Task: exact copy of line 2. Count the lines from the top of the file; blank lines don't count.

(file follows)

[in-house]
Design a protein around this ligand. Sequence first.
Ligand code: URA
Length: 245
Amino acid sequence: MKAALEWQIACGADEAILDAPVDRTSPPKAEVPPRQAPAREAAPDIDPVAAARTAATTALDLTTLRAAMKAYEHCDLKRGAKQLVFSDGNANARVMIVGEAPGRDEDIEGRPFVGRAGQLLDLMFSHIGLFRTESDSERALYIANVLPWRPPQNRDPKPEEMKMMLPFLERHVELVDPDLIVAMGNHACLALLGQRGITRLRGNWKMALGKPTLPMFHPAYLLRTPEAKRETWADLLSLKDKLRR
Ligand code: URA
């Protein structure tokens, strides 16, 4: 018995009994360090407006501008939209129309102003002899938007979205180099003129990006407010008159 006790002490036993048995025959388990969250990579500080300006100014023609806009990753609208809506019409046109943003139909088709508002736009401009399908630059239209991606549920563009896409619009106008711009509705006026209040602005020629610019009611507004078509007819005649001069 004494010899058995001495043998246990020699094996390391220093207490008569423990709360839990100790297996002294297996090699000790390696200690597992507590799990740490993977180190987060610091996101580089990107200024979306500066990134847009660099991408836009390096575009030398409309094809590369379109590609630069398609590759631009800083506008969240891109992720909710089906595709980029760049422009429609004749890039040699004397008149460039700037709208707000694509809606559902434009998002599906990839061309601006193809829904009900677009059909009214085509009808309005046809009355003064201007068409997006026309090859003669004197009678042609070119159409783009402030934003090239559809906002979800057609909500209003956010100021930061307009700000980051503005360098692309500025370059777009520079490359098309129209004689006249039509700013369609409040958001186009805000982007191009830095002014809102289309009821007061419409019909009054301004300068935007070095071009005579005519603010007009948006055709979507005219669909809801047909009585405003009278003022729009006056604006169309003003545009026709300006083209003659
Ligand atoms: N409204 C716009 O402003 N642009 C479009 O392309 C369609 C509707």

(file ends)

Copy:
Design a protein around this ligand. Sequence first.